New Global Report: Still Pampering? Opportunities and challenges facing the spa & beauty industry in 2010

The new Euromonitor International Strategy Briefing sheds light on current global consumer interest in pampering. As consumers become increasingly recession-weary, the need for pampering has perhaps never been greater. In a bid to look and feel good, consumers continue to indulge in the services of salons and spas while supplementing these with at-home beauty treatments to save costs.

This report examines the latest trends in hair & beauty salons, nail bars, tanning salons, and spas and compares these with trends in the retail beauty market, identifying those sectors which are most poised for future growth.

Demand factors

  • With consumers facing depressing news of record unemployment, falling house prices and insurmountable debt levels on a daily basis, the need for escapism via pampering has never been greater;
  • The desire for affordable indulgence in hard times, dubbed the “lipstick effect”, has boosted demand for all kinds of personal services, including hair, face and nail treatments, massages, tanning salons and spas;
  • At the same time, the need for consumers to rein in expenditure has hit certain areas of the professional services industry hard, and given rise to greater demand for at-home pampering treatments, such as colorants, spa treatments, nail products and self-tanners;
  • Anti-ageing is still a priority for many consumers, who feel as much – if not more – pressure to look young than before the crisis. This has boosted revenues at beauty parlours and spas, as well as leading to higher retail sales of premium anti-agers and anti-cellulite creams;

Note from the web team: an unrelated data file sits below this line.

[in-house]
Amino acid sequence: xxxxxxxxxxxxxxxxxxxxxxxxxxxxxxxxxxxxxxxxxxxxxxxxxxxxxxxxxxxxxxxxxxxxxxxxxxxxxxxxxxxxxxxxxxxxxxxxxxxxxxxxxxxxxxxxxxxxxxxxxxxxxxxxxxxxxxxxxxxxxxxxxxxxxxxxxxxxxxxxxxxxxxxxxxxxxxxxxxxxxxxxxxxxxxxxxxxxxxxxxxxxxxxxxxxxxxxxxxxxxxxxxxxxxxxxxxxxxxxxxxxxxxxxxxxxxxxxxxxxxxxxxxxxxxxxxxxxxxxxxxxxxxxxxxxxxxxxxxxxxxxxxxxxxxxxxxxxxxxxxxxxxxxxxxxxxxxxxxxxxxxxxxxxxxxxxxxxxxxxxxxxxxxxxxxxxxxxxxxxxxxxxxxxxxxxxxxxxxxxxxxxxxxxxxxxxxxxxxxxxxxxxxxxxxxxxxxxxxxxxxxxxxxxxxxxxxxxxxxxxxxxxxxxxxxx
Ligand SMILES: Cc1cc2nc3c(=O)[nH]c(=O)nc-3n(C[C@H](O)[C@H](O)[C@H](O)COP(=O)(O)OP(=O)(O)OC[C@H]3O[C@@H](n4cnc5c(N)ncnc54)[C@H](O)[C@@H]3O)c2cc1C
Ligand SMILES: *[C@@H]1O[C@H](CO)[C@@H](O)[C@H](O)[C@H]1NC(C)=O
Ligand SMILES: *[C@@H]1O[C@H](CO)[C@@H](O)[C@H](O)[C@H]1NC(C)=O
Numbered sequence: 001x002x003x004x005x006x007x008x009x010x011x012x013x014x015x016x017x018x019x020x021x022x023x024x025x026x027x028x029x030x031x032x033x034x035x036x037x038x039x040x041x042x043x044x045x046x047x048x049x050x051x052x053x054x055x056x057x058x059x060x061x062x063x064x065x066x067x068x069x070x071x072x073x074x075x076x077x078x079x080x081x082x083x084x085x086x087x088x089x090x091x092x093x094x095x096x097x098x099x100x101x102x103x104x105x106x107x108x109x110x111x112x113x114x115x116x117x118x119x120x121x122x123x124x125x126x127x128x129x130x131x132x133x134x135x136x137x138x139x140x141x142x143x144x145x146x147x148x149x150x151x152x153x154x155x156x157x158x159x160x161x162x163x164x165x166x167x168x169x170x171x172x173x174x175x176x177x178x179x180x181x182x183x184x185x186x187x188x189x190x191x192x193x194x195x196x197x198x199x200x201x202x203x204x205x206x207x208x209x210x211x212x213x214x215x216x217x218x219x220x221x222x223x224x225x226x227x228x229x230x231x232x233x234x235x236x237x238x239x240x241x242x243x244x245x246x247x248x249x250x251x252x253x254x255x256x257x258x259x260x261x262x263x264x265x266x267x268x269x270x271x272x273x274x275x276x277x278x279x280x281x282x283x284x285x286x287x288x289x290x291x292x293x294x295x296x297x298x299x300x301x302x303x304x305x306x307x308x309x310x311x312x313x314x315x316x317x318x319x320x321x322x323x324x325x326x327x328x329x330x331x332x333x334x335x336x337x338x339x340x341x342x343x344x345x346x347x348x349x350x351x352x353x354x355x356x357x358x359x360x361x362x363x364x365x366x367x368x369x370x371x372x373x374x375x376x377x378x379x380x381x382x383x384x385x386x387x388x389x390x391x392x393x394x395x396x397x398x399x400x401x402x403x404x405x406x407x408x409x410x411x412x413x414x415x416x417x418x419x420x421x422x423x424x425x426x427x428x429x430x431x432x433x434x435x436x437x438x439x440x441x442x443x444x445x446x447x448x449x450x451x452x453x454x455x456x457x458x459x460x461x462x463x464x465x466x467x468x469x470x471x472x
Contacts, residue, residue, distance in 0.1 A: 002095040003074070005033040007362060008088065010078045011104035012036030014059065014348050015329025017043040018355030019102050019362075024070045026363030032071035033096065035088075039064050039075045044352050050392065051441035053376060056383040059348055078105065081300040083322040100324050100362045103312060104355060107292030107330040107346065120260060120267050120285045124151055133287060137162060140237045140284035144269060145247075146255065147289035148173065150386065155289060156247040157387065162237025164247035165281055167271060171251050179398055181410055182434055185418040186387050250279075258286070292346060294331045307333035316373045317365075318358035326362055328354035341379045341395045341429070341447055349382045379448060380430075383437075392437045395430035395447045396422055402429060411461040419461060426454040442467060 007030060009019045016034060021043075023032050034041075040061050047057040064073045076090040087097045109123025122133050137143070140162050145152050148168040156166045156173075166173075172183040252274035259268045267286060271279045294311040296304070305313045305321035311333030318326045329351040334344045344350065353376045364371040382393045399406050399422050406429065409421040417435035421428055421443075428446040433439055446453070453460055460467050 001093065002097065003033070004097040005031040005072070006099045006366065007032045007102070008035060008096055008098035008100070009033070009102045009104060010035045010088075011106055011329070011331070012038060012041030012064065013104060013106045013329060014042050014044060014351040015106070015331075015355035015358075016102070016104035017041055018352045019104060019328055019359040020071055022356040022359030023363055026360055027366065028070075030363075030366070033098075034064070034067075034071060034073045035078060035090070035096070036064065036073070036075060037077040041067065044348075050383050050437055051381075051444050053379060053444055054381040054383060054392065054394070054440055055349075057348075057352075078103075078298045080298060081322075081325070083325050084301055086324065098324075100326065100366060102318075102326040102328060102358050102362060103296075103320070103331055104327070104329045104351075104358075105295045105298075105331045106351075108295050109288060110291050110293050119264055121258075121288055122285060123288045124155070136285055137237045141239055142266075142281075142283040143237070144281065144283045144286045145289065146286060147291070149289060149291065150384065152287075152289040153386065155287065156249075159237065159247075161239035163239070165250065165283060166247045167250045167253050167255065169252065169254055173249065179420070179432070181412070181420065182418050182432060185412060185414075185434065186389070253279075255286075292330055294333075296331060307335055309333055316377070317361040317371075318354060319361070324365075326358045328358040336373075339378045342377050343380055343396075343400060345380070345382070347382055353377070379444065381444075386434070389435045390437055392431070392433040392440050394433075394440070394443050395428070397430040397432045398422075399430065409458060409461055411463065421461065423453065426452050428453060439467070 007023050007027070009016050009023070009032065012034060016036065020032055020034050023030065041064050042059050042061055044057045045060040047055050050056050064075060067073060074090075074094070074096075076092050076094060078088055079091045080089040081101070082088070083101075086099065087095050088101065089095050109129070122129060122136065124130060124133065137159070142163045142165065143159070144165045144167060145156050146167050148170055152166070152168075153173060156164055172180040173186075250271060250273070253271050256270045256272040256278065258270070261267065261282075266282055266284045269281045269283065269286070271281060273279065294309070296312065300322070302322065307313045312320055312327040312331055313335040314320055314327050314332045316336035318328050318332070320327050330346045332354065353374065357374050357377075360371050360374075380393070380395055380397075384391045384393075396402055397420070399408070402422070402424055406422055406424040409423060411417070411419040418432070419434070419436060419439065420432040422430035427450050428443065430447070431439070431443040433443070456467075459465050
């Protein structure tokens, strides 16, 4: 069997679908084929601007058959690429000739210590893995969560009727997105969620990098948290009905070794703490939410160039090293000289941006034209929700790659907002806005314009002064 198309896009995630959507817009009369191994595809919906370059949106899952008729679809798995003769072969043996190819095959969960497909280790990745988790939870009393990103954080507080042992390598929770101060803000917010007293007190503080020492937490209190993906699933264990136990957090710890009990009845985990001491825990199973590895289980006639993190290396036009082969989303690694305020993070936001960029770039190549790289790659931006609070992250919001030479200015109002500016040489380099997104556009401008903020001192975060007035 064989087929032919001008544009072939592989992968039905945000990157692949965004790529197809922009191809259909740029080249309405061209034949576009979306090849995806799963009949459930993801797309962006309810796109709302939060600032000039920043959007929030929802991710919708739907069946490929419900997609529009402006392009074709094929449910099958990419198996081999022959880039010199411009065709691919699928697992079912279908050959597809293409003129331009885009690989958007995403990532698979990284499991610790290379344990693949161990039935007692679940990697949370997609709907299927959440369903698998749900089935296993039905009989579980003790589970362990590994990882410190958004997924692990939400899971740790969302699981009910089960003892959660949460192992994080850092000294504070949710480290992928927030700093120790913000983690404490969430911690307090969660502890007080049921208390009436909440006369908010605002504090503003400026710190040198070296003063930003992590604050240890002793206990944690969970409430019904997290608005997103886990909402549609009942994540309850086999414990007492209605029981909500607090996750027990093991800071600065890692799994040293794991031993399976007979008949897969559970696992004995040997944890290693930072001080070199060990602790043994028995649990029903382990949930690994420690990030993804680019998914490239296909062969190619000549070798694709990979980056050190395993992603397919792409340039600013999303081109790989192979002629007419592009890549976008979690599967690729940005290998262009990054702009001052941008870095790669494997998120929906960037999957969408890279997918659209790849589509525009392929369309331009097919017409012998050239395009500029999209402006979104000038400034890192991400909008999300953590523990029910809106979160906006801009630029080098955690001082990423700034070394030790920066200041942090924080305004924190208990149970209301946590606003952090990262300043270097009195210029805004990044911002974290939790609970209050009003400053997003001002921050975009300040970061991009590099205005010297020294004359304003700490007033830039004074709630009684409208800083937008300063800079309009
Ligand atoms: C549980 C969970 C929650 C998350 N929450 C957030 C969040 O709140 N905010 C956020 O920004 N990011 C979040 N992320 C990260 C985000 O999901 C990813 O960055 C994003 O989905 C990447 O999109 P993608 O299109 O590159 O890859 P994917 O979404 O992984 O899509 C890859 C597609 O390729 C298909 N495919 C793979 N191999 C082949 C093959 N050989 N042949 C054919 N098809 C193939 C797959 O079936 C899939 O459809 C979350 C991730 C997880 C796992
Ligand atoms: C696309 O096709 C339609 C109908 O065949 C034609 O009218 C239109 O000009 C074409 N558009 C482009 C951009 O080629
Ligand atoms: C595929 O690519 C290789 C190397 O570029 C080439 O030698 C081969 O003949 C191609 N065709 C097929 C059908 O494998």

• The market for professional services has been adversely affected by the ongoing trend towards “cocooning”, whereby consumers attempt to make savings by staying at home rather than going out. Conversely, this trend has benefited the market for home spas and beauty kits.
  • Another positive influence on the market for pampering products and services has been the consumer obsession with celebrities and their lifestyles. The influence of these trend-setters on young people, including tweens and teenagers, is especially strong. Consumers buy into the celebrity image by adopting the clothes, hairstyle and overall “look” of their favourite icons. This means more visits to the hairdresser, nail salon, beauty parlour or tanning studio, and more money spent on at-home beauty products;
  • As well as being the face of beauty campaigns, several celebrities have themselves become involved in the beauty industry. For example, Shilpa Shetty launched her own medical spa in India in 2009, while Lindsay Lohan launched a range of self-tan products in the USA;
  • A trend towards male pampering emerged in line with the birth of the “metrosexual” movement in the 1990s. According to the International Spa Association (ISPA), men now make up 29% of spa-goers in the USA, while male-only hair salons are mushrooming;
  • The USA dwarfs other markets in terms of total expenditure on personal care, at almost US$191 billion in 2009, although in per capita terms, Denmark led the way. Brazilian consumers spent the most on personal care as a proportion of total consumer expenditure;
  • The fastest growing markets in terms of consumer expenditure on personal care over the 2004-2009 period were China and Russia, with growth of 121% and 130%, respectively.

Consumer market trends